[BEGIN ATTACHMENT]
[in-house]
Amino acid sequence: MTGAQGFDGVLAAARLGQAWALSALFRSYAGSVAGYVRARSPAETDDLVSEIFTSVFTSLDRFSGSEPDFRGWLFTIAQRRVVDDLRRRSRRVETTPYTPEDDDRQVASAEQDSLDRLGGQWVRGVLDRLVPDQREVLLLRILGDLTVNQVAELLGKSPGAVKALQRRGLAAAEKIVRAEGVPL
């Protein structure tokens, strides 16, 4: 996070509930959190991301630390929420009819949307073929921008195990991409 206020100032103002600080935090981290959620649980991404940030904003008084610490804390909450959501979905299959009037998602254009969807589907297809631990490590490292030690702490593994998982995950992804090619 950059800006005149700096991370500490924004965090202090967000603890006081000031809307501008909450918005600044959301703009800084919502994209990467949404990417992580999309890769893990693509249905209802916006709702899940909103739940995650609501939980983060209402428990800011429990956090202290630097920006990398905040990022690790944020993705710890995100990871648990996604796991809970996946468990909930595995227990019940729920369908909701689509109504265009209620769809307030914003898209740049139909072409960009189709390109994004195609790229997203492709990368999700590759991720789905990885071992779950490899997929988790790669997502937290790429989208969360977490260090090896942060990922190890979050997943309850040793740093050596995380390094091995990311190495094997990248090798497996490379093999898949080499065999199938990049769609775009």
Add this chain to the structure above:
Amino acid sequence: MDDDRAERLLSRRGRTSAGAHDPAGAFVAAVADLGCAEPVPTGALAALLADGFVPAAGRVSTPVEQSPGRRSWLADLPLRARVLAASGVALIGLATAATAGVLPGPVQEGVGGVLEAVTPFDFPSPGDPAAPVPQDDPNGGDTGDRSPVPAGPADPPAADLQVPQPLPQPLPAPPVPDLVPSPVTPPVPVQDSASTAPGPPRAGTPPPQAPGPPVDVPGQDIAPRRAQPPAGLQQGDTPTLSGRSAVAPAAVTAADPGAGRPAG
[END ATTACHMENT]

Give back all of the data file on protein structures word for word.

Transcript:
[in-house]
Amino acid sequence: MTGAQGFDGVLAAARLGQAWALSALFRSYAGSVAGYVRARSPAETDDLVSEIFTSVFTSLDRFSGSEPDFRGWLFTIAQRRVVDDLRRRSRRVETTPYTPEDDDRQVASAEQDSLDRLGGQWVRGVLDRLVPDQREVLLLRILGDLTVNQVAELLGKSPGAVKALQRRGLAAAEKIVRAEGVPL
């Protein structure tokens, strides 16, 4: 996070509930959190991301630390929420009819949307073929921008195990991409 206020100032103002600080935090981290959620649980991404940030904003008084610490804390909450959501979905299959009037998602254009969807589907297809631990490590490292030690702490593994998982995950992804090619 950059800006005149700096991370500490924004965090202090967000603890006081000031809307501008909450918005600044959301703009800084919502994209990467949404990417992580999309890769893990693509249905209802916006709702899940909103739940995650609501939980983060209402428990800011429990956090202290630097920006990398905040990022690790944020993705710890995100990871648990996604796991809970996946468990909930595995227990019940729920369908909701689509109504265009209620769809307030914003898209740049139909072409960009189709390109994004195609790229997203492709990368999700590759991720789905990885071992779950490899997929988790790669997502937290790429989208969360977490260090090896942060990922190890979050997943309850040793740093050596995380390094091995990311190495094997990248090798497996490379093999898949080499065999199938990049769609775009």
Add this chain to the structure above:
Amino acid sequence: MDDDRAERLLSRRGRTSAGAHDPAGAFVAAVADLGCAEPVPTGALAALLADGFVPAAGRVSTPVEQSPGRRSWLADLPLRARVLAASGVALIGLATAATAGVLPGPVQEGVGGVLEAVTPFDFPSPGDPAAPVPQDDPNGGDTGDRSPVPAGPADPPAADLQVPQPLPQPLPAPPVPDLVPSPVTPPVPVQDSASTAPGPPRAGTPPPQAPGPPVDVPGQDIAPRRAQPPAGLQQGDTPTLSGRSAVAPAAVTAADPGAGRPAG